Sunday, June 28, 2015

[sermon] on activism, shame, power, and pride

Sermon for the people of St. Mark Hope and Peace 2015-06-28

Primary Preaching Text: Mark 5:21-43
Secondary Text: 2 Samuel 1:1, 17-27

I fully intended to talk about David today.

If you're my friend on Facebook you might have seen that weeks ago I posted excitedly about this text being appointed for this day, the eve of the 46th anniversary of the Stonewall Rebellion. The love of David and Jonathan, and particularly this text from Second Samuel is beloved in many lgbtq Christian and Jewish spaces because we can so easily claim David as one of our own -- especially for gay and bisexual men, this is a story that we can look to and say unabashedly, David is one of ours. Rev. Nancy Wilson, current moderator of the Metropolitan Community Church, says, exuberantly and with exclamation points, that David is the most clearly bisexual figure in the whole Bible.1

I was planning to preach about David until yesterday afternoon, when I finally noticed the woman who'd been tugging at my sleeve all week. My plans to talk about David, central to the institutions of both church and state, and what Rev. Wilson calls, a bit anachronistically, his "same-sex, lifelong relationship" with Jonathan, were disrupted and interrupted by a person on the very fringes of society, a person in desperate need who demanded -- and demands to be seen and heard and healed.

In this complicated moment in our nation, when joyous news from the Supreme Court and tragic news from Charleston compete for our emotions, the woman with a flow of blood speaks more fully to my identity as a queer person and our identity as a Reconciling in Christ church than does King David with all his power.

The woman with the flow of blood is the filling in a sandwich story about the healing of Jairus's daughter. Jairus is a person of power and influence, a leader in the synagogue. He summons Jesus to heal his sick daughter, and Jesus goes with him, and on their way, they're interrupted by a woman who has suffered in many ways for the way her body is made.

There are physical torments of her constant hemorrhaging, and the ungentle and unsuccessful cures she's endured from a stream of doctors, and then there is the cultural torment of being perpetually unclean. She is excluded from her society, rendered untouchable by the flow of blood she can't control.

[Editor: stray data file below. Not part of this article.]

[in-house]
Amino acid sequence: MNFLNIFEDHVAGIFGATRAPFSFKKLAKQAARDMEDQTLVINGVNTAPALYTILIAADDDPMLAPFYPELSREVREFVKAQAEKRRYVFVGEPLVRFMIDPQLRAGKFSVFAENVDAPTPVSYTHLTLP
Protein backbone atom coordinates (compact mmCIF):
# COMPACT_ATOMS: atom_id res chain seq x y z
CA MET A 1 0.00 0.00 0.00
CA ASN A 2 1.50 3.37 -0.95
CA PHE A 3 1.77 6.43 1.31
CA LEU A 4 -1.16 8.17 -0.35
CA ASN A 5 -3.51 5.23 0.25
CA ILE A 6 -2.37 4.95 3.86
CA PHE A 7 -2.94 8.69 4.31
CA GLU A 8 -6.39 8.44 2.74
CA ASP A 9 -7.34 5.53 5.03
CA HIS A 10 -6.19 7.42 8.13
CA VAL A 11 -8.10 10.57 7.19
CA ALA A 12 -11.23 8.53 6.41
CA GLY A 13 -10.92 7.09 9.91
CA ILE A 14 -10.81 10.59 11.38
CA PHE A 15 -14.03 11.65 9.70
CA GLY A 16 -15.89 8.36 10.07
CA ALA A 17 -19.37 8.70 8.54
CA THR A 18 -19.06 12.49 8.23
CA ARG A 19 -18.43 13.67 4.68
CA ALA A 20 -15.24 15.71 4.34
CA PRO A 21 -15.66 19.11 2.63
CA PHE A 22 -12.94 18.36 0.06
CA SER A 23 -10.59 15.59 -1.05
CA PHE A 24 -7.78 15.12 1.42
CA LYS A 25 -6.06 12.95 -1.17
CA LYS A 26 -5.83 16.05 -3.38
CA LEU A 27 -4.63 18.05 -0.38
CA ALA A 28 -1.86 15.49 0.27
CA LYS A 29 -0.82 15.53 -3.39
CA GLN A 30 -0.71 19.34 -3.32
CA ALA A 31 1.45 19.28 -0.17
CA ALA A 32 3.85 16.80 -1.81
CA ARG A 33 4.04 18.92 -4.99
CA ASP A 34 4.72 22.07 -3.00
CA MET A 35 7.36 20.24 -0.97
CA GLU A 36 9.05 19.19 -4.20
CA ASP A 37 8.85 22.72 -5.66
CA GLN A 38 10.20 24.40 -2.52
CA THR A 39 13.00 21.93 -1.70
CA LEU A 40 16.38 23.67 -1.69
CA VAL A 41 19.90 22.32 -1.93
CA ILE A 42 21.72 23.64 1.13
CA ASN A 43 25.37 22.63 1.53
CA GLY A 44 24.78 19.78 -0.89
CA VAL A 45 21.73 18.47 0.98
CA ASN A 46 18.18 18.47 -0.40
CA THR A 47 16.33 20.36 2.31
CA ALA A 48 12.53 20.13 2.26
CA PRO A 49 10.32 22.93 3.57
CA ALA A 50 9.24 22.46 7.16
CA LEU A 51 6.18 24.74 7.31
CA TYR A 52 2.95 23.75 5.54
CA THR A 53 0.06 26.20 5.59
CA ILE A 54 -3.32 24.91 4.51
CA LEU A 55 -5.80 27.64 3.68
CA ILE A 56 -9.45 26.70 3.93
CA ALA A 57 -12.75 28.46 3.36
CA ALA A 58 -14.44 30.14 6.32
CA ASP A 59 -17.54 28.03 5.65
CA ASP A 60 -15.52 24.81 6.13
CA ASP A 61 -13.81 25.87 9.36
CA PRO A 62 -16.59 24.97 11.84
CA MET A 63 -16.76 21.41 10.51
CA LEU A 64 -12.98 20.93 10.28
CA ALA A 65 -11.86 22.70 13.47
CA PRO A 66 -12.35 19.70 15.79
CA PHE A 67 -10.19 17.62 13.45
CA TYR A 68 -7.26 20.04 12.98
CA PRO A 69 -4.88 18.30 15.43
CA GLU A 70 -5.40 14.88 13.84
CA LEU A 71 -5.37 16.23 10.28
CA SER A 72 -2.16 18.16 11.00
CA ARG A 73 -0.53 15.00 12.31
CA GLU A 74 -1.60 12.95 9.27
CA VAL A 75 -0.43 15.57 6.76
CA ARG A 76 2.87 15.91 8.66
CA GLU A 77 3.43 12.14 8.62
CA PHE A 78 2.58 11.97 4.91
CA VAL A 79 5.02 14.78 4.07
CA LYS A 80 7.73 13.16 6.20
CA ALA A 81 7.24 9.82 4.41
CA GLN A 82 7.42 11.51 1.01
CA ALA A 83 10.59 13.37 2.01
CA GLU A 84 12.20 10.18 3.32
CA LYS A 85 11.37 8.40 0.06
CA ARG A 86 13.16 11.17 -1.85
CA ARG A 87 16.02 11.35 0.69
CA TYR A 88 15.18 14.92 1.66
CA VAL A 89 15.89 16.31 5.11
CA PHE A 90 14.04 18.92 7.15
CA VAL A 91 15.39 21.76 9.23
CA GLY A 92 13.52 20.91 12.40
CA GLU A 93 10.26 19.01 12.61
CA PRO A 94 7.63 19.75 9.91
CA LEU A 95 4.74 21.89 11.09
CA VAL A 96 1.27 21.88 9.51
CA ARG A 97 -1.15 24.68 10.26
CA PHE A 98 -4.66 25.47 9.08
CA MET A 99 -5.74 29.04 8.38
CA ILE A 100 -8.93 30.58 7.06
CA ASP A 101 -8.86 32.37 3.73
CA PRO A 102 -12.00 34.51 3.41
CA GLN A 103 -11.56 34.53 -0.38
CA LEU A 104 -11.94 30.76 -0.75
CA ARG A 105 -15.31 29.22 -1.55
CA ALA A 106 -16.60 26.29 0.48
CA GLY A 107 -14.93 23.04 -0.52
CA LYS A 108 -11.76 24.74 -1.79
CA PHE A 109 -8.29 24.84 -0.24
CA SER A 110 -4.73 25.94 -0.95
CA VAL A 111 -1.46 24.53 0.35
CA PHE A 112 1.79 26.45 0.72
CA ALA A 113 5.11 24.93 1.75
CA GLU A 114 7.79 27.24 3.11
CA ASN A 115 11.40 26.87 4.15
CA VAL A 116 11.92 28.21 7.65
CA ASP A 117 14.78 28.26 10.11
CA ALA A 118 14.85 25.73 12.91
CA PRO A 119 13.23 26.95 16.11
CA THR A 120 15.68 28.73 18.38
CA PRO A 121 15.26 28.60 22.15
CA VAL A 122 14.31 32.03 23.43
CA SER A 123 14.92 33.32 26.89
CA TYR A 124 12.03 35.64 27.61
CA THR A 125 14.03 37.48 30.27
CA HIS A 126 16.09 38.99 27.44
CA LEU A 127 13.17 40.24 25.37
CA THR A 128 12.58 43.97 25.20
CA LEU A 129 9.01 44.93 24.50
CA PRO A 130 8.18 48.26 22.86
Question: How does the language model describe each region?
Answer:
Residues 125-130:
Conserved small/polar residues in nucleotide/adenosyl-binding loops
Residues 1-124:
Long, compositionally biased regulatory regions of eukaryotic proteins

She has nothing to lose. She's spent all her money on ineffective doctors and she had no social capital to begin with. Her physical condition has deteriorated, and she constantly endures rejection. Everything in her culture has taught her that bodies like hers, and her body in particular, are shameful.

So she reaches the point beyond shame, beyond propriety, beyond fear, where her need for healing is greater than any force that would constrain her.

Forty-six years ago, the patrons of Stonewall reached this point. The police raided a gay bar, as the police did. And that night, when tempers were hot, when activism was in the air -- Vietnam, civil rights, women's liberation -- that night drag queens and trans women, bulldykes and sex workers, homeless youth, most of them people of color, all of them people who had nothing to lose and so nothing to fear -- that night those patrons of Stonewall Inn refused to comply.

A few years earlier, transgender and transsexual patrons of Compton's Cafeteria reached that point, and they threw first coffee, and then dishes and furniture at police in protest of harassment and mistreatment.

The nineteen-eighties and nineties were full of those moments, and ACT UP, (the AIDS Coalition to Unleash Power) picketed and protested to draw attention to the AIDS crisis, to demand access to medical intervention, to share accurate information about HIV transmission and safer sex. A people dying of AIDS screamed that "SILENCE=DEATH" and refused to be silent.

This past Wednesday, Jennicet GutiƩrrez, an undocumented trans Latina activist, reached this point at the White House LGBT Pride Month Reception. She interrupted President Obama's speech to shout, "Release all GLBTQ immigrants from detention and stop all deportations!" She later wrote, "In the tradition of how Pride started, I interrupted his speech because it is time for our issues and struggles to be heard."2


In the tradition of Pride, and in a tradition older than Pride. In the tradition of Jesus, who announced in the Nazareth synagogue that he had been sent to proclaim release to the captives, and in the tradition of Isaiah, whom Jesus was quoting.

And in the tradition of a nameless woman with a hemorrhage, who had endured all that she could endure.

She didn't ask.

She took.

When we remember the activism of the previous century, we sometimes sugarcoat it. Last fall we saw many white lgbtq people deride the protests in Ferguson, crying, "Remember Stonewall! Peaceful protest is totally possible!"

Oh yes. Remember Stonewall, with thrown pennies, thrown bottles, thrown shoes. Remember the patrons who thought to set the bar on fire.

We don't need to condone violence to remember that it's part of our history.

The path that led to the Supreme Court decision this week that legalized same-sex marriage across the country was not always peaceful and it was not always nice. It did involve middle-class gay men and women asking nicely if they could please have their rights now, if it's not too much of a bother.